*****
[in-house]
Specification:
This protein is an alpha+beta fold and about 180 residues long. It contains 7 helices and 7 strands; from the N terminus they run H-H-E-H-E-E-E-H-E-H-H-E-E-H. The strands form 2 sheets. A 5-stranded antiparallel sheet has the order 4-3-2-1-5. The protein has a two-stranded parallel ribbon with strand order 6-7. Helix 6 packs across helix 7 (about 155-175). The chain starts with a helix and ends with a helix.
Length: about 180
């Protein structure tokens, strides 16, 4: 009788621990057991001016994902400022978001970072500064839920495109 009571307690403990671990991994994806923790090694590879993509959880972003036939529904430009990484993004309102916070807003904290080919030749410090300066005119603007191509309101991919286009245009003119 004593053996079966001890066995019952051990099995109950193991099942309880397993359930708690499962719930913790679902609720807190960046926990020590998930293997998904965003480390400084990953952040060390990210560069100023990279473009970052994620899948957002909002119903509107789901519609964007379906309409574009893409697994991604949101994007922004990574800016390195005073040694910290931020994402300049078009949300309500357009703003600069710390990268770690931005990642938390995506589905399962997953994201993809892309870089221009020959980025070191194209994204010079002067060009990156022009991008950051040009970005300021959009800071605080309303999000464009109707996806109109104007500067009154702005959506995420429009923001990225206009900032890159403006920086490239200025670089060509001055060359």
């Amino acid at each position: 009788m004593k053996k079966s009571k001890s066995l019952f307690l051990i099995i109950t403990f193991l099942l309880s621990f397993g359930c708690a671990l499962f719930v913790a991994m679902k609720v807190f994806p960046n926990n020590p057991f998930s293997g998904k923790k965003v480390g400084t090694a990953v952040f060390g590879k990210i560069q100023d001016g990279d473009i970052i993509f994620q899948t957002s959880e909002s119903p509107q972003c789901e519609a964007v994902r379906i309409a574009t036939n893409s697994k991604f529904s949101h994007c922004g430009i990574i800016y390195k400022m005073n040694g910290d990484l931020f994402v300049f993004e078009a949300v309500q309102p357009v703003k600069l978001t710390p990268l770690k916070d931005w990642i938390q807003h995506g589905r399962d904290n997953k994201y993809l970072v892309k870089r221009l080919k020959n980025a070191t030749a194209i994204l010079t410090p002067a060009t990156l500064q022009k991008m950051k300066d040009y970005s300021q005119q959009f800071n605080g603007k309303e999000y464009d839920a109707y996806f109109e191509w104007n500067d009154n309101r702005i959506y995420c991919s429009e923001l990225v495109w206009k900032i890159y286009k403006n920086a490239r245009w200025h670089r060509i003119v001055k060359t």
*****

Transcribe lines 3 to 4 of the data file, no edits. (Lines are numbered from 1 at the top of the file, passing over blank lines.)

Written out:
This protein is an alpha+beta fold and about 180 residues long. It contains 7 helices and 7 strands; from the N terminus they run H-H-E-H-E-E-E-H-E-H-H-E-E-H. The strands form 2 sheets. A 5-stranded antiparallel sheet has the order 4-3-2-1-5. The protein has a two-stranded parallel ribbon with strand order 6-7. Helix 6 packs across helix 7 (about 155-175). The chain starts with a helix and ends with a helix.
Length: about 180